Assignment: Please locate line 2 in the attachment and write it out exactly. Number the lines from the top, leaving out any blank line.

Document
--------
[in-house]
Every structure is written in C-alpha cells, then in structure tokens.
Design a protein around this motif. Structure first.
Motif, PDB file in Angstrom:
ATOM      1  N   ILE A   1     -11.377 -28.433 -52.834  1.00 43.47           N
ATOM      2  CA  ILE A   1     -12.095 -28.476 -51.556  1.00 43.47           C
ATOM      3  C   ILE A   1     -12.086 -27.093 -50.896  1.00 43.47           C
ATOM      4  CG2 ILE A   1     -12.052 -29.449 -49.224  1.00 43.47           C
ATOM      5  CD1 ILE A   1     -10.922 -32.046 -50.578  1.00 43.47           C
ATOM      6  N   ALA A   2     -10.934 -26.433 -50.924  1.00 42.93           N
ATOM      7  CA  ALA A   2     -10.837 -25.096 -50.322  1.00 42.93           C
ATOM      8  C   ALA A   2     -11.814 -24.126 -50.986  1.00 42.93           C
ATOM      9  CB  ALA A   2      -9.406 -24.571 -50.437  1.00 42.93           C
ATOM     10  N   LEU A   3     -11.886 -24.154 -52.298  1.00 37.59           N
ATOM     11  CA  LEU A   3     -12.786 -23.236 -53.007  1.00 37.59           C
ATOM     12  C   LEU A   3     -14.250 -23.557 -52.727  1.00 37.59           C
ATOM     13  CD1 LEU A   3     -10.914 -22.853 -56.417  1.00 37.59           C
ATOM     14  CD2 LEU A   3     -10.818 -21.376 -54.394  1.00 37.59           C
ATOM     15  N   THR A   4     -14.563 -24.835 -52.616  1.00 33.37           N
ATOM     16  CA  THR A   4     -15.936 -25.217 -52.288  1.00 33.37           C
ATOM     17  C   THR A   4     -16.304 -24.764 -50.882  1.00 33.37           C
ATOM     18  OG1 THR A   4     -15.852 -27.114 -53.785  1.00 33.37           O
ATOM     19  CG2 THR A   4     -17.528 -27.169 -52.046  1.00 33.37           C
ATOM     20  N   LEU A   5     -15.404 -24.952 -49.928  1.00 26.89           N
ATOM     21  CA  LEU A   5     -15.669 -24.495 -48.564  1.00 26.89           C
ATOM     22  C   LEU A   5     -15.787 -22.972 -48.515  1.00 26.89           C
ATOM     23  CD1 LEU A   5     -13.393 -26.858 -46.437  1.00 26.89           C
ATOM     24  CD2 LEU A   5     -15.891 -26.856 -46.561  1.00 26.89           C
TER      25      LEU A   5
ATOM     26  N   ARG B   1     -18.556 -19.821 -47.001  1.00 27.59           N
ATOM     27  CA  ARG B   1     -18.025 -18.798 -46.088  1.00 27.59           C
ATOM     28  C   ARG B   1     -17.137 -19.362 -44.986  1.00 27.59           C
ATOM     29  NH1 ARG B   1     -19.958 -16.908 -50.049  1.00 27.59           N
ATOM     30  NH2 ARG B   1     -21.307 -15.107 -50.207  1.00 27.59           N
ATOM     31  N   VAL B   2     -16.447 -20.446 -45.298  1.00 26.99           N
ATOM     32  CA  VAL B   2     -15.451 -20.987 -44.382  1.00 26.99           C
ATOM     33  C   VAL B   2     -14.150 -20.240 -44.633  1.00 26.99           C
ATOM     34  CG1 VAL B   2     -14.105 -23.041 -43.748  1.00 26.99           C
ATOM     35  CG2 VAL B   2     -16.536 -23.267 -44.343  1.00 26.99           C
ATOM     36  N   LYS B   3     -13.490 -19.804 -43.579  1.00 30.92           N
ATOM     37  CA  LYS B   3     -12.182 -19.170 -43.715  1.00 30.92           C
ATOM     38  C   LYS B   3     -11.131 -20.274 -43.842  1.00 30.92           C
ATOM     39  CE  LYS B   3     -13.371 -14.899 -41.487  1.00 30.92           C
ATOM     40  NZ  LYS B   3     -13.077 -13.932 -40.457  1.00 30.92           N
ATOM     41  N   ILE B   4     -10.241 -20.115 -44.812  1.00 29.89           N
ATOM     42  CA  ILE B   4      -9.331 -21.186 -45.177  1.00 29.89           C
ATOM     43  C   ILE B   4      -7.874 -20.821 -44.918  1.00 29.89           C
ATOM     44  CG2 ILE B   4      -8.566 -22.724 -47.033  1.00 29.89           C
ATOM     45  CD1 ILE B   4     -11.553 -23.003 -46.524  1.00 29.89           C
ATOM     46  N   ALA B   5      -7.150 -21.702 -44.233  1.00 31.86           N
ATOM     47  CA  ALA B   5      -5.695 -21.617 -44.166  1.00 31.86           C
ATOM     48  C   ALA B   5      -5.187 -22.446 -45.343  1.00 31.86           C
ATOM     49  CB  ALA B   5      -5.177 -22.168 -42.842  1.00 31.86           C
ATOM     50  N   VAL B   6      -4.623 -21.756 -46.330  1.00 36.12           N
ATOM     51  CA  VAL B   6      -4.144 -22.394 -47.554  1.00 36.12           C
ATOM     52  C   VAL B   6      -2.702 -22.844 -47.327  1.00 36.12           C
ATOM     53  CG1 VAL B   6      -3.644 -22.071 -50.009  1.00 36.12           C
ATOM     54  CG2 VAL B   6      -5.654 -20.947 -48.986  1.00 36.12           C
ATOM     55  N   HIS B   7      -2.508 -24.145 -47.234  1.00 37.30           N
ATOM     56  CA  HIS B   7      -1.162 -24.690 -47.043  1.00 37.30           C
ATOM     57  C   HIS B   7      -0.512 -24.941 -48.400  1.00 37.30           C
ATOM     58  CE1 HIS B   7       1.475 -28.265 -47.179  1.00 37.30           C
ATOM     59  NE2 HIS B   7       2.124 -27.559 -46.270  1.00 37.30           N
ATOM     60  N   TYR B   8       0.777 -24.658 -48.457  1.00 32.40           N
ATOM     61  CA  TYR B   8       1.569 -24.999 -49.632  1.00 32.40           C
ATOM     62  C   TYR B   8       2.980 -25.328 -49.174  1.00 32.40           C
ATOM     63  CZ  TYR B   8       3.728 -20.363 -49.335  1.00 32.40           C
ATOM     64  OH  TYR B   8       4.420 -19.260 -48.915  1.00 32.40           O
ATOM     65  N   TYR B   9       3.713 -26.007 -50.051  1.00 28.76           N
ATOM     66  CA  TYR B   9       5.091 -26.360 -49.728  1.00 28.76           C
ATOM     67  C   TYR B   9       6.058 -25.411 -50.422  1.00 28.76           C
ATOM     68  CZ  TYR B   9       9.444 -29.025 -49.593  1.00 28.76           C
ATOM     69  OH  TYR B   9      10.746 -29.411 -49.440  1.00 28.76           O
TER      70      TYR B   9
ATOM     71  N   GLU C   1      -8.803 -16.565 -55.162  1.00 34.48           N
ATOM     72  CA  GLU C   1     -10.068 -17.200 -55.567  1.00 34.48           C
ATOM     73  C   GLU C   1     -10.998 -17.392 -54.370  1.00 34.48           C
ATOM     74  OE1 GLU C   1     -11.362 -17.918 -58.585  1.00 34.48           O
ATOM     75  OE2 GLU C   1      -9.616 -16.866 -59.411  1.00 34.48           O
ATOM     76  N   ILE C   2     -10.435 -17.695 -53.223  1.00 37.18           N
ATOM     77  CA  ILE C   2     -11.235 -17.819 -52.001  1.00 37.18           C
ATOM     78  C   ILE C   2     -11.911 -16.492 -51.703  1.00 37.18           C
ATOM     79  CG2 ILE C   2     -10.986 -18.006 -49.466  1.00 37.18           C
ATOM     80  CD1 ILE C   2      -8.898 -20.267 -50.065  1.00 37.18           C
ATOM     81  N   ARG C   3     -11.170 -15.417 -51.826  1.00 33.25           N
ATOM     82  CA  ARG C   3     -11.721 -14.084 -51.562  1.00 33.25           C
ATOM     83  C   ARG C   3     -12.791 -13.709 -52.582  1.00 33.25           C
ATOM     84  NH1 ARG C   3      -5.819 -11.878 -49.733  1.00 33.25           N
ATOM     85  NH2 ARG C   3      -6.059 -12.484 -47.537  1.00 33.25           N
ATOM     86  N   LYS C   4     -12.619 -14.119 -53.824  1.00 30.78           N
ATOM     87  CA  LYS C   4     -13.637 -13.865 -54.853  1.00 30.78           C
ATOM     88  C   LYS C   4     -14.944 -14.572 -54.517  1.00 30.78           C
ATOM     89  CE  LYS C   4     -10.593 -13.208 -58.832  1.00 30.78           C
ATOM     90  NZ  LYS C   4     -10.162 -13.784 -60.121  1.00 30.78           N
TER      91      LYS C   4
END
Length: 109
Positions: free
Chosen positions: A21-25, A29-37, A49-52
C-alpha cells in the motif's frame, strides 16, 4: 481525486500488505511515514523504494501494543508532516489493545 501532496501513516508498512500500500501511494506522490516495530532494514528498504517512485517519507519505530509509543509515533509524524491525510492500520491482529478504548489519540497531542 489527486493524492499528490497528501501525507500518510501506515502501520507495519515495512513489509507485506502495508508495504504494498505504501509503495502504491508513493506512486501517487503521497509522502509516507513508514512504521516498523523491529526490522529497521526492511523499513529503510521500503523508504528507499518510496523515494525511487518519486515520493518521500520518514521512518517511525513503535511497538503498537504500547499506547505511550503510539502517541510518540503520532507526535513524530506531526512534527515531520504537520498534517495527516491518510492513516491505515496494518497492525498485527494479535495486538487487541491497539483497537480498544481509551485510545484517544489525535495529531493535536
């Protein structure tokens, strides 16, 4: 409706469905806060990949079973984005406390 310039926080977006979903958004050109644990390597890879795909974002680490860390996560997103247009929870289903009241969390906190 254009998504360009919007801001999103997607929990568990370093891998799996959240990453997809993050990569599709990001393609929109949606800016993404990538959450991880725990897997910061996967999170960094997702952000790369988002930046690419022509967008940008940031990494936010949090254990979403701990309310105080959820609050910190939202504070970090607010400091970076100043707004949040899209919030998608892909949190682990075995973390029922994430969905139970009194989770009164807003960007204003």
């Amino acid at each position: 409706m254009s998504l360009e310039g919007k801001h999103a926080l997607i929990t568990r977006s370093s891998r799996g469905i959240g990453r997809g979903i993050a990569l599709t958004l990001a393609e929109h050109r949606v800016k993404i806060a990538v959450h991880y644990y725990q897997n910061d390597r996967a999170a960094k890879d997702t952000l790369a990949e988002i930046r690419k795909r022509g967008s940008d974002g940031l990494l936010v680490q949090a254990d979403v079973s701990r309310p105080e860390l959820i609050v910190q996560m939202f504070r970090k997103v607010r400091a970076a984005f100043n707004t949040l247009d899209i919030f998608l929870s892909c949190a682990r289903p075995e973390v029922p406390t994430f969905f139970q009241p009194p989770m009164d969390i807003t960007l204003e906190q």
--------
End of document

Every structure is written in C-alpha cells, then in structure tokens.